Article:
The Cross-Border Biotech Blog

Biotechnology, Health and Business in Canada, the United States and Worldwide

Canadian Flax Growers Plan a Roundup Resistant Strain That May Also Resist EU’s GM Resistance In New $5.5m Collaboration with Cibus Global

Canada, the world’s largest flax producer, is looking to maintain its dominance. Growers want the economic advantages of a roundup-resistant variety without jeopardizing sales into the European Union. The E.U. accounts for 60% of Canadian flax exports, but genetically-modified crops face continued resistance in many E.U. countries.

The solution may be generated by a collaboration announced yesterday between the Flax Council of Canada and San Diego company Cibus Global.

According to an article in Xconomy San Diego today, the Flax Council is “investing about $5.5 million” to develop a new strain of Flax using Cibus’ Rapid Trait Development System (RTDS).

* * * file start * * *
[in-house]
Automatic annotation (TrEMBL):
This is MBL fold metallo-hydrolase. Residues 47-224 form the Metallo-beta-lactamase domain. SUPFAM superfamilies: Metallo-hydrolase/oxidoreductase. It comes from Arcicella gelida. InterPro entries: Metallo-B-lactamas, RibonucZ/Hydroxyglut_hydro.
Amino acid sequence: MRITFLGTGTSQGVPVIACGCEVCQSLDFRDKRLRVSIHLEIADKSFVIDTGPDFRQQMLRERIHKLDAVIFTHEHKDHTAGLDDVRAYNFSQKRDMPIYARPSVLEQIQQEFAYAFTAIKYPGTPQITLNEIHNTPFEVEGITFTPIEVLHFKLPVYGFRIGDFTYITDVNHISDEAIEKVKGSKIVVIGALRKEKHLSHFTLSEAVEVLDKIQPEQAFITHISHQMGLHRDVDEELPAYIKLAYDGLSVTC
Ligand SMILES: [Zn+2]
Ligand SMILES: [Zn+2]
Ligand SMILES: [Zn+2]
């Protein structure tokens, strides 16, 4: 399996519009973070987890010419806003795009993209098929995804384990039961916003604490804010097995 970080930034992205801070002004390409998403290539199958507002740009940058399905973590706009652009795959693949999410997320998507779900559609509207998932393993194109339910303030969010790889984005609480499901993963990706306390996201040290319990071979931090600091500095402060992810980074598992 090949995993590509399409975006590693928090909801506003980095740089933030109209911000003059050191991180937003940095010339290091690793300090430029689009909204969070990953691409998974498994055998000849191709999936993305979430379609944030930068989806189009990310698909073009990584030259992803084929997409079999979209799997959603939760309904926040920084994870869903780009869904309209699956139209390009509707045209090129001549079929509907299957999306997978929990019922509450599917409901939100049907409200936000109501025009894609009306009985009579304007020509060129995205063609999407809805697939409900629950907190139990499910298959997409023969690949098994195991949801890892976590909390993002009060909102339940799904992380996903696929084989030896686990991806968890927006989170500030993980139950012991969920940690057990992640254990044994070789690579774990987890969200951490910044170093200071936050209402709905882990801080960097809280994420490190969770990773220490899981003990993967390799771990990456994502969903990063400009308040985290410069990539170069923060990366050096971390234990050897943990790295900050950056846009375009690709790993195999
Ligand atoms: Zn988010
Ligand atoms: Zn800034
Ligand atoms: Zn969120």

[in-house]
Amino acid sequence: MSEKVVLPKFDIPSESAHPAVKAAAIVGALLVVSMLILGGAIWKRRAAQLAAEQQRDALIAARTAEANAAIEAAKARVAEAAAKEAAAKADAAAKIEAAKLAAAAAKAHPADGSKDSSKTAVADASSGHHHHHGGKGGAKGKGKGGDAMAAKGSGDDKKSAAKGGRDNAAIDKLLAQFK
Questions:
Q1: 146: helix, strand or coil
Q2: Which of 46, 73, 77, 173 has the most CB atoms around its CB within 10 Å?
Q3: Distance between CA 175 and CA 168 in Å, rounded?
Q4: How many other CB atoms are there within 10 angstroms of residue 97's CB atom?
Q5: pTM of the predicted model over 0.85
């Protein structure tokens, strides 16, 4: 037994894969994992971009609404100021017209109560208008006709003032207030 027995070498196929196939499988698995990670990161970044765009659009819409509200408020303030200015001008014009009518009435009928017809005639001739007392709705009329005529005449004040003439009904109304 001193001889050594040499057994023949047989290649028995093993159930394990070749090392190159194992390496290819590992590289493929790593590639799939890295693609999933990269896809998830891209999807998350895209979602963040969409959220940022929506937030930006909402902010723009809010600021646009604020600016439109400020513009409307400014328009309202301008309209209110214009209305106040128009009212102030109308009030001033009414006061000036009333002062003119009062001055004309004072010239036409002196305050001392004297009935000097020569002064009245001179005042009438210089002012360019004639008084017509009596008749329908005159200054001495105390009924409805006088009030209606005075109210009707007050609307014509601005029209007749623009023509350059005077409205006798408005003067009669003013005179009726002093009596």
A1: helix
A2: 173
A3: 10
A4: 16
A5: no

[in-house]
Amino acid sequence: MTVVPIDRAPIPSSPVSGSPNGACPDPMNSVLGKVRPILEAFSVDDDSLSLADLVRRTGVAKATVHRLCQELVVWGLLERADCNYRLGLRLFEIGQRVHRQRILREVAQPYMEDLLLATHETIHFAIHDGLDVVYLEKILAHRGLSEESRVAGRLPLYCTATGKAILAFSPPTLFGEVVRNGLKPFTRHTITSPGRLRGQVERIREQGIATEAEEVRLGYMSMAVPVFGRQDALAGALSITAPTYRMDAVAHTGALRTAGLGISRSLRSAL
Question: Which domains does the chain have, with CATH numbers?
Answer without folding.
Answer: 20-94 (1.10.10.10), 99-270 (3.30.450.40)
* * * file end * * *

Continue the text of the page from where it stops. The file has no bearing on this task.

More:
Cibus’ technology is a targeted mutagenesis approach that “harnesses the natural DNA repair system in plant cells.” According to the Flax Council’s press release, the technology is exempted under the E.U. Directive on GMOs and is classified as “non-transgenic” by the USDA.  Of course, regulatory compliance in the E.U. does not guarantee political or commercial success.

Two interesting take-aways from a commercialization perspective:

  1. $4 million of the $5.5 million paying for the Flax Council’s half of the project comes from the Canadian Government’s Developing Innovative Agri-Products program (DIAP).  It is unusual for federally-funded development programs to flow so readily to projects executed outside the country. 
  2. Revenues from developed products would be split between the Flax Council and Cibus.

The project aims to bear fruit generate a commercial seed product by 2015.

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